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The New England Aquarium
The New England Aquarium has collaborated with area chefs to offer “Blue Plate Specials” that highlight sustainable seafood choices.

Massachusetts restaurants highlight sustainable seafood

Restaurants like Blue Ginger and City Landing will showcase dishes that feature seafood raised or fished in an ocean-friendly manner.

The New England Aquarium in Boston has teamed up with seven Massachusetts restaurants to highlight seafood that is being raised or fished in an ocean-friendly manner.

Dishes made using the seafood species selected by the aquarium will be highlighted as “Blue Plate Specials” at Blue Ginger in Wellesley, EVOO in Cambridge, Turner Fisheries Restaurant in Boston, Lumière in Newton, Area Four in Cambridge, Taranta Restaurant in Boston and City Landing in Boston.

“I think it’s a huge responsibility as a chef to take care of our sea,” said Ming Tsai, chef-owner of Blue Ginger and the newly opened Blue Dragon in Boston, as well as a member of the aquarium’s advisory board. “Want it or not, we have a lot of influence on what people eat. The sea is not infinite. When you watch National Geographic and you see that this species or that species is almost extinct, I worry about whether my children are going to see it.”

Tsai also noted that as a chef, he’s on the front lines of observing fisheries that are in trouble. For example, years ago at Blue Ginger he made a dish of miso- and sake-marinated Chilean sea bass. Back then it was easy to get fillets that were three feet long and two feet thick. Then he started getting fillets under two feet before news came out that Chilean sea bass were being overfished.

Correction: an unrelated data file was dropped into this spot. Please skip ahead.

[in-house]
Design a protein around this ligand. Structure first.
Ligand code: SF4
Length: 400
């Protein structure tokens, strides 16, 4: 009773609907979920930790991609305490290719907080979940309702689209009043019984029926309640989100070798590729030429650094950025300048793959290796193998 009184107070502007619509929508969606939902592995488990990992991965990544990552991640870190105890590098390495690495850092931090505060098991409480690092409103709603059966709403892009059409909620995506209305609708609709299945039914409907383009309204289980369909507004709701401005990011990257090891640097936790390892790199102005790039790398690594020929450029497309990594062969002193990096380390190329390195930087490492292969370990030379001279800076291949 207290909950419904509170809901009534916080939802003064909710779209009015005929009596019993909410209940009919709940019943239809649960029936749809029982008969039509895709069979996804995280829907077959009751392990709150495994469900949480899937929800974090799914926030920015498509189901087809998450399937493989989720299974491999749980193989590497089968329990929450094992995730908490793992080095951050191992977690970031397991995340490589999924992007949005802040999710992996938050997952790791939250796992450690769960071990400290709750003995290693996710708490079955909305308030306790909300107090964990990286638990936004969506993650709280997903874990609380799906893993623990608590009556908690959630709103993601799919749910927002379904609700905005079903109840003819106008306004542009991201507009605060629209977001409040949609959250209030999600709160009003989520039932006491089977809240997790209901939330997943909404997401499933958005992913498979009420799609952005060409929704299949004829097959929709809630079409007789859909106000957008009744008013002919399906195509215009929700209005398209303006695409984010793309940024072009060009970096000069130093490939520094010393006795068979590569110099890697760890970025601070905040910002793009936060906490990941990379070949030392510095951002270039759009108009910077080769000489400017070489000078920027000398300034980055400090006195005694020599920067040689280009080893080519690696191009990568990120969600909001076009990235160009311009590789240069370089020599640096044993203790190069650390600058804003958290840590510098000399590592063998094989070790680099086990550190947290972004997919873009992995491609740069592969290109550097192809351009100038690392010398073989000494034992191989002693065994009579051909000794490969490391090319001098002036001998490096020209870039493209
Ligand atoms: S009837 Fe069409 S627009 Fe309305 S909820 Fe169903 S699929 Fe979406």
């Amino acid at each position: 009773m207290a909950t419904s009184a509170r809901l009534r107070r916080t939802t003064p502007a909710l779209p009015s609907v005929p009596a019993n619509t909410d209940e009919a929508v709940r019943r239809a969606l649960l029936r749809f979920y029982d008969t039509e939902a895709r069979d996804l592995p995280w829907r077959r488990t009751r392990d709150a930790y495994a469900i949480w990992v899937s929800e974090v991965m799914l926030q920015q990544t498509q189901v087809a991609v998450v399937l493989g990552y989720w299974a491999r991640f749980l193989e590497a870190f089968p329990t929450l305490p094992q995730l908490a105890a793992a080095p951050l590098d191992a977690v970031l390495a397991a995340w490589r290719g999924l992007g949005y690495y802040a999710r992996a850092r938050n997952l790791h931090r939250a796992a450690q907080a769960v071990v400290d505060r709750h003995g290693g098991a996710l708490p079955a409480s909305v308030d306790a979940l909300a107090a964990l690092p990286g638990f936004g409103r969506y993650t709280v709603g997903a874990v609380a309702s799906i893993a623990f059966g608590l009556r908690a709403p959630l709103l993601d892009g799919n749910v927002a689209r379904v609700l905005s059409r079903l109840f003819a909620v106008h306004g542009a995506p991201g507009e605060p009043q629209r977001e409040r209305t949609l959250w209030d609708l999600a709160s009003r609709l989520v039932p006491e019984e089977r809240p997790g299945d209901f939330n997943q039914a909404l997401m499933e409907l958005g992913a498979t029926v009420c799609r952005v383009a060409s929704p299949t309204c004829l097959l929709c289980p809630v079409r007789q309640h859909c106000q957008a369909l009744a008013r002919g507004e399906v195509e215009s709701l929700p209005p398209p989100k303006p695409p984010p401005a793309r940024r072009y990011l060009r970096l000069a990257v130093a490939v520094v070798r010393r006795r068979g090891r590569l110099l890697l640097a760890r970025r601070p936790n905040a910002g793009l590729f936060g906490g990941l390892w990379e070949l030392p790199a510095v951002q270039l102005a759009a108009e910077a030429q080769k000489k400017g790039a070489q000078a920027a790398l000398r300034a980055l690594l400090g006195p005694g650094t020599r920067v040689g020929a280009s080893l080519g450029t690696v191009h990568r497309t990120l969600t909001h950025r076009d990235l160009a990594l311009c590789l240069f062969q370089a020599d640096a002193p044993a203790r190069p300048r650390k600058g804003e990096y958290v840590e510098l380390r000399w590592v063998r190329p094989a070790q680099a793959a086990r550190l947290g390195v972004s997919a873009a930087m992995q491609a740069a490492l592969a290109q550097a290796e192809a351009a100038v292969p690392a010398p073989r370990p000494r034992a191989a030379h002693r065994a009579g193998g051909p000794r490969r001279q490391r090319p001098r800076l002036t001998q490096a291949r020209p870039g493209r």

Ming Tsai
Ming Tsai is the chef-owner of Blue Ginger and the newly opened Blue Dragon in Boston.

It took him nearly a year to find an adequate substitute, but after consulting with his purveyors, he settled on line-caught butterfish, also known as black cod or sablefish.

“It’s also the best tasting fish in the world,” Tsai said.

He’s featuring that dish — which has long been Blue Ginger’s top selling entrée, as his Blue Plate Special.

Tsai said highlighting the dish as sustainable is an opportunity to educate customers about the finite nature of the oceans’ resources. “People want to help this cause if it doesn’t take time and money, and it’s very easy to do,” he said, adding that he guides interested customers to the Seafood Watch smart phone app, which lets customers research a seafood item before ordering it in a restaurant.

Bill Brodsky, chef and owner of City Landing restaurant, which is across the street from the New England Aquarium, said he became involved in the project because he admires his neighbor’s sustainability initiative. “While the aquarium is a nice place to spend a day, I don’t think people realize how much research is put forth by the organization.”

He’s featuring two items as Blue Plate specials: Alaska pollock fish and chips, and long-fin squid calamari. “The long fin’s actually a product that we use all the time,” he said, noting that the squid species is great from a sustainability initiative because they reproduce quickly and swim in large schools, making it easy for fisherman to catch them with very little bycatch — other species that unwittingly get caught in the fishing process.